AN inquest into the death of a Somerset marine heard he had been submerged in the water for "roughly five minutes" during a training exercise.

The inquest for Ethan Jones, 20, from Radstock, was opened and adjourned today (Thursday, January 30).

The ambulance service previously confirmed it was called at about 10pm on Tuesday, January 21, after it was reported a person had gone under the water at Tregantle Beach.

The inquest heard that Rct Jones was born on September 11, 1999 in Bath and lived in Westfield, Radstock, Somerset.

He had been involved in an amphibious training exercise on January 21 and as he exited a landing craft, was "submerged in sea water, for roughly five minutes".

He was pronounced dead on January 24.

The opening statement read out by the coroner's officer, said: "The circumstances of the death are that Ethan was a Royal Marines Commando recruit, on January 21, Ethan was out on an amphibious training exercise, he exited a landing craft and was submerged in sea water, for roughly five minutes.

"Despite intervention, CT scan showed hypoxic brain injury and EEG showed minimal brain activity. Ethan sadly passed away on January 24, 2020."

The statement notes how on the present evidence the medical cause of death has been ascertained as hypoxic encephalopathy and drowning.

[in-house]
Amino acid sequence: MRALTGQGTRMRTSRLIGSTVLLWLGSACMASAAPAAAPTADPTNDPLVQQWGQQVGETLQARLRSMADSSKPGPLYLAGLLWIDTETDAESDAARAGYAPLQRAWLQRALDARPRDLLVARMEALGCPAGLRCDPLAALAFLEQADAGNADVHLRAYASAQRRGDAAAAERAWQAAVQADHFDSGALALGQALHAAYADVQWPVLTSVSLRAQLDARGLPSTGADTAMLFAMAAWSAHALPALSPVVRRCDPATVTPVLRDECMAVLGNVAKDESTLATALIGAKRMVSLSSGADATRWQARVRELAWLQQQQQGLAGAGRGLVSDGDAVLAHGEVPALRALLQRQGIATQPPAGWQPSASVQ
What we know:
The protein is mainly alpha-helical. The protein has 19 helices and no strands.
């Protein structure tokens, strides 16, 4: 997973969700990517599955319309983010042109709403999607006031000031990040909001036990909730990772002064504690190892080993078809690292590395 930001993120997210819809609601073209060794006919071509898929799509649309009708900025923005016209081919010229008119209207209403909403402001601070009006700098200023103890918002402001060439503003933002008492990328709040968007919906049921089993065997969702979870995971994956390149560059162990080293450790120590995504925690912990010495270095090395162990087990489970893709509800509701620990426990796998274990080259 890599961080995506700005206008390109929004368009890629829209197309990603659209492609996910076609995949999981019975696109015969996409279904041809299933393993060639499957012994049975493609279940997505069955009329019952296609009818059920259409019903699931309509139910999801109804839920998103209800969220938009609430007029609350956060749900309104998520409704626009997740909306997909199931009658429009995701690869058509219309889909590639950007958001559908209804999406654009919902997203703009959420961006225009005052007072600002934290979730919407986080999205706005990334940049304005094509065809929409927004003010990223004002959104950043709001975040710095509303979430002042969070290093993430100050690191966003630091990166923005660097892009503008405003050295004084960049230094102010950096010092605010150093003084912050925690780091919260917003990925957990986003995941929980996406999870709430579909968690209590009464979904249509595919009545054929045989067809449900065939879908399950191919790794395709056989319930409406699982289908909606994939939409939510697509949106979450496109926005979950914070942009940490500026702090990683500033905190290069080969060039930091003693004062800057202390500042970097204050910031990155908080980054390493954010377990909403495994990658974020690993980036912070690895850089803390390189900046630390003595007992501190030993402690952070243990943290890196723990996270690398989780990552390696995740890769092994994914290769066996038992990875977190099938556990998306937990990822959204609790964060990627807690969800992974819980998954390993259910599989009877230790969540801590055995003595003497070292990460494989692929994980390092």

Coroner Ian Arrow offered his condolences to Rct Jones' family.

A full inquest will be held later this year.

The military said the cause of death following the incident at the beach in Cornwall was still under investigation and his family had requested privacy.

A Royal Navy spokesperson said: “We can confirm the Royal Marine who was injured in an incident two weeks ago and later died was Royal Marine Recruit Ethan Jones.

“The thoughts and sympathies of the Naval Service are with the family and friends of Recruit Jones.

“The incident is still under investigation, therefore it would be inappropriate to comment further."

He was also described by the MOD in a statement as “a popular character”.

He joined the Royal Marines on May 27 to start 32 weeks of military training.

In a statement the MOD said: “Composed, astute and with an unfailing sense of humour, Ethan was a popular character – an embodiment of the Corps Values of excellence, integrity, self-discipline and humility; not only a formidable soldier, but an exemplary citizen too.”

Ethan’s family added in the statement: “Ethan died fulfilling his dream and doing something he loved.

“Joining the Royal Marine was something Ethan had wanted to do for as long as we can remember.

“He wanted to join the best of the best and challenge himself. Ethan loved the outdoor lifestyle and was looking forward to serving as a Marine on operations around the world.

“We are very proud of all that he achieved.”

Section Commander within 282 Troop Corporal Dave Wright said Ethan held a “special position” in the troop.

He recalled one exercise in which Ethan put his equipment down at the top of a hill and went back down to help another recruit.

Corp Wright said: “He is a true loss to the Royal Marines as he would have inevitably achieved much within his career.

“Recruit Jones was the embodiment of what a Commando should be.”